Nursing

From the staff development bookshelf: Teaching strategies for right-brain learners

Staff Development Weekly: Insight on Evidence-Based Practice in Education, April 15, 2011

The right-brain learner processes information holistically, seeing the "big picture" or the answer first, not the details. When analyzing a problem, this learner starts with the major concept and works backward to find the details and come to a conclusion. Right-brain learners may become impatient with the details of a problem unless they can "see" the conclusion or solution quickly.

For example, when attending a class on cardiac events, a right-brain learner will leap to the answer (e.g., the patient is having a myocardial infarction) and then work backward to gather details to support the conclusion. When teaching right-brain learners, acknowledge that clinical experience may allow a leap to identify the final outcome or problem. But also emphasize the importance of having detailed evidence to support conclusions, since sometimes overlooking details can lead to an incorrect interpretation of a problem. This can be effectively taught through case study strategy of role-playing activities.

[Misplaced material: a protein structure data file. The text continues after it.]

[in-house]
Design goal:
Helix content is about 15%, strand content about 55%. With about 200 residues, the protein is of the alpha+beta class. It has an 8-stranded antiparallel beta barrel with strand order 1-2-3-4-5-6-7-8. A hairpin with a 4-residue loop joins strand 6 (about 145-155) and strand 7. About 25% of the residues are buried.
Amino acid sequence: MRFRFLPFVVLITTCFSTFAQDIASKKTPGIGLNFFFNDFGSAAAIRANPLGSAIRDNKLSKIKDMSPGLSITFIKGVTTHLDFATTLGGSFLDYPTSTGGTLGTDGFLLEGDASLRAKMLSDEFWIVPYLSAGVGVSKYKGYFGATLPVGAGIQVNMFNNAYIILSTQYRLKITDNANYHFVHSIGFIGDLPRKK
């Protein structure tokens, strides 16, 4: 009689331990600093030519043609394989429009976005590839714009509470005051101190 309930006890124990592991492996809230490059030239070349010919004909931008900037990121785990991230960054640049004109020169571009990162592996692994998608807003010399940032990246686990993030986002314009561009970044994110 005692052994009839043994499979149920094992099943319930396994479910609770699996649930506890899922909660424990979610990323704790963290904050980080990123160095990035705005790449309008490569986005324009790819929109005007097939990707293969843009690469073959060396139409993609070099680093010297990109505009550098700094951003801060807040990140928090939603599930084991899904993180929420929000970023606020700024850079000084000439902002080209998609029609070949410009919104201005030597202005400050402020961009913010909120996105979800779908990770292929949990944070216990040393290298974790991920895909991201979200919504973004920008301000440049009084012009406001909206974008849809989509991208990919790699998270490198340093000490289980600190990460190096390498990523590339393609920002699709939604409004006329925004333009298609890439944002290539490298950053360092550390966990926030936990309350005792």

Source: Book excerpt adapted from Learning Styles in Nursing Education: Integrating Teaching Strategies into Staff Development by Adrianne E. Avillion, DEd, RN.

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